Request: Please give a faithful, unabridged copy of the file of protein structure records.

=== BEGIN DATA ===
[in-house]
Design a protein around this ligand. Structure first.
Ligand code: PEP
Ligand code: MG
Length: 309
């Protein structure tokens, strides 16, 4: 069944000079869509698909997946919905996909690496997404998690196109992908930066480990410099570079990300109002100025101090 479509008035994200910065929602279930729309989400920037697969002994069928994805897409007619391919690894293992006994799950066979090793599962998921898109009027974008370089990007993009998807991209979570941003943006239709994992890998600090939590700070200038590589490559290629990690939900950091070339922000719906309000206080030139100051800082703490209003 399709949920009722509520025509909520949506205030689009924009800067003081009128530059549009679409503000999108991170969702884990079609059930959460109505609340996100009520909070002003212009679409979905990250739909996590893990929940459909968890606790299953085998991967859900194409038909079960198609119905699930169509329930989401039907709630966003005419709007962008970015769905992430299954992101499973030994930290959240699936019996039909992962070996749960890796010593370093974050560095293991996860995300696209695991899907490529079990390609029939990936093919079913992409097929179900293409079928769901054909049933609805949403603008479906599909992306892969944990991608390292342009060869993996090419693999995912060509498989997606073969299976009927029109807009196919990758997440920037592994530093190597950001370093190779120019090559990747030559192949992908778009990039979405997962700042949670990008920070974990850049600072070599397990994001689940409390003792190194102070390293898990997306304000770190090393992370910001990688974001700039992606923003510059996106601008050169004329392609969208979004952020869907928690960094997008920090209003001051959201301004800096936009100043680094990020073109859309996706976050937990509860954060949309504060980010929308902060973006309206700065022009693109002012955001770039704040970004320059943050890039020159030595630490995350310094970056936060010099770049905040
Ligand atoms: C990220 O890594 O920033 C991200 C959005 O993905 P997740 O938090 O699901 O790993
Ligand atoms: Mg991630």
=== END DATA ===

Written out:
[in-house]
Design a protein around this ligand. Structure first.
Ligand code: PEP
Ligand code: MG
Length: 309
């Protein structure tokens, strides 16, 4: 069944000079869509698909997946919905996909690496997404998690196109992908930066480990410099570079990300109002100025101090 479509008035994200910065929602279930729309989400920037697969002994069928994805897409007619391919690894293992006994799950066979090793599962998921898109009027974008370089990007993009998807991209979570941003943006239709994992890998600090939590700070200038590589490559290629990690939900950091070339922000719906309000206080030139100051800082703490209003 399709949920009722509520025509909520949506205030689009924009800067003081009128530059549009679409503000999108991170969702884990079609059930959460109505609340996100009520909070002003212009679409979905990250739909996590893990929940459909968890606790299953085998991967859900194409038909079960198609119905699930169509329930989401039907709630966003005419709007962008970015769905992430299954992101499973030994930290959240699936019996039909992962070996749960890796010593370093974050560095293991996860995300696209695991899907490529079990390609029939990936093919079913992409097929179900293409079928769901054909049933609805949403603008479906599909992306892969944990991608390292342009060869993996090419693999995912060509498989997606073969299976009927029109807009196919990758997440920037592994530093190597950001370093190779120019090559990747030559192949992908778009990039979405997962700042949670990008920070974990850049600072070599397990994001689940409390003792190194102070390293898990997306304000770190090393992370910001990688974001700039992606923003510059996106601008050169004329392609969208979004952020869907928690960094997008920090209003001051959201301004800096936009100043680094990020073109859309996706976050937990509860954060949309504060980010929308902060973006309206700065022009693109002012955001770039704040970004320059943050890039020159030595630490995350310094970056936060010099770049905040
Ligand atoms: C990220 O890594 O920033 C991200 C959005 O993905 P997740 O938090 O699901 O790993
Ligand atoms: Mg991630």